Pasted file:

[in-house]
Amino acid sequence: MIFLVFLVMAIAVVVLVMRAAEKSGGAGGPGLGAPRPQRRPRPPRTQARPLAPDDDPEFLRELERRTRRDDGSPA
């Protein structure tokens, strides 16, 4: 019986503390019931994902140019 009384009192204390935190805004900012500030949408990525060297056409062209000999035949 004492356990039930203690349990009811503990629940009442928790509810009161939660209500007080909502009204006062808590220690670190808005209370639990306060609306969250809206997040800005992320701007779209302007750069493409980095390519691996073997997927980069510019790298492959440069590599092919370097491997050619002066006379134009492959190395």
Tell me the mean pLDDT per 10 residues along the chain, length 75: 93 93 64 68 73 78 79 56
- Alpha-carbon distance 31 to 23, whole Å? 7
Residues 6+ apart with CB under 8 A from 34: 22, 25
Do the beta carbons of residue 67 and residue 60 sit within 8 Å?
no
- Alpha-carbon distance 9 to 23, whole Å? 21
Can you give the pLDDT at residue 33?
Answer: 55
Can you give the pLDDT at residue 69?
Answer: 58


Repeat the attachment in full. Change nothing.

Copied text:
[in-house]
Amino acid sequence: MIFLVFLVMAIAVVVLVMRAAEKSGGAGGPGLGAPRPQRRPRPPRTQARPLAPDDDPEFLRELERRTRRDDGSPA
């Protein structure tokens, strides 16, 4: 019986503390019931994902140019 009384009192204390935190805004900012500030949408990525060297056409062209000999035949 004492356990039930203690349990009811503990629940009442928790509810009161939660209500007080909502009204006062808590220690670190808005209370639990306060609306969250809206997040800005992320701007779209302007750069493409980095390519691996073997997927980069510019790298492959440069590599092919370097491997050619002066006379134009492959190395």
Tell me the mean pLDDT per 10 residues along the chain, length 75: 93 93 64 68 73 78 79 56
- Alpha-carbon distance 31 to 23, whole Å? 7
Residues 6+ apart with CB under 8 A from 34: 22, 25
Do the beta carbons of residue 67 and residue 60 sit within 8 Å?
no
- Alpha-carbon distance 9 to 23, whole Å? 21
Can you give the pLDDT at residue 33?
Answer: 55
Can you give the pLDDT at residue 69?
Answer: 58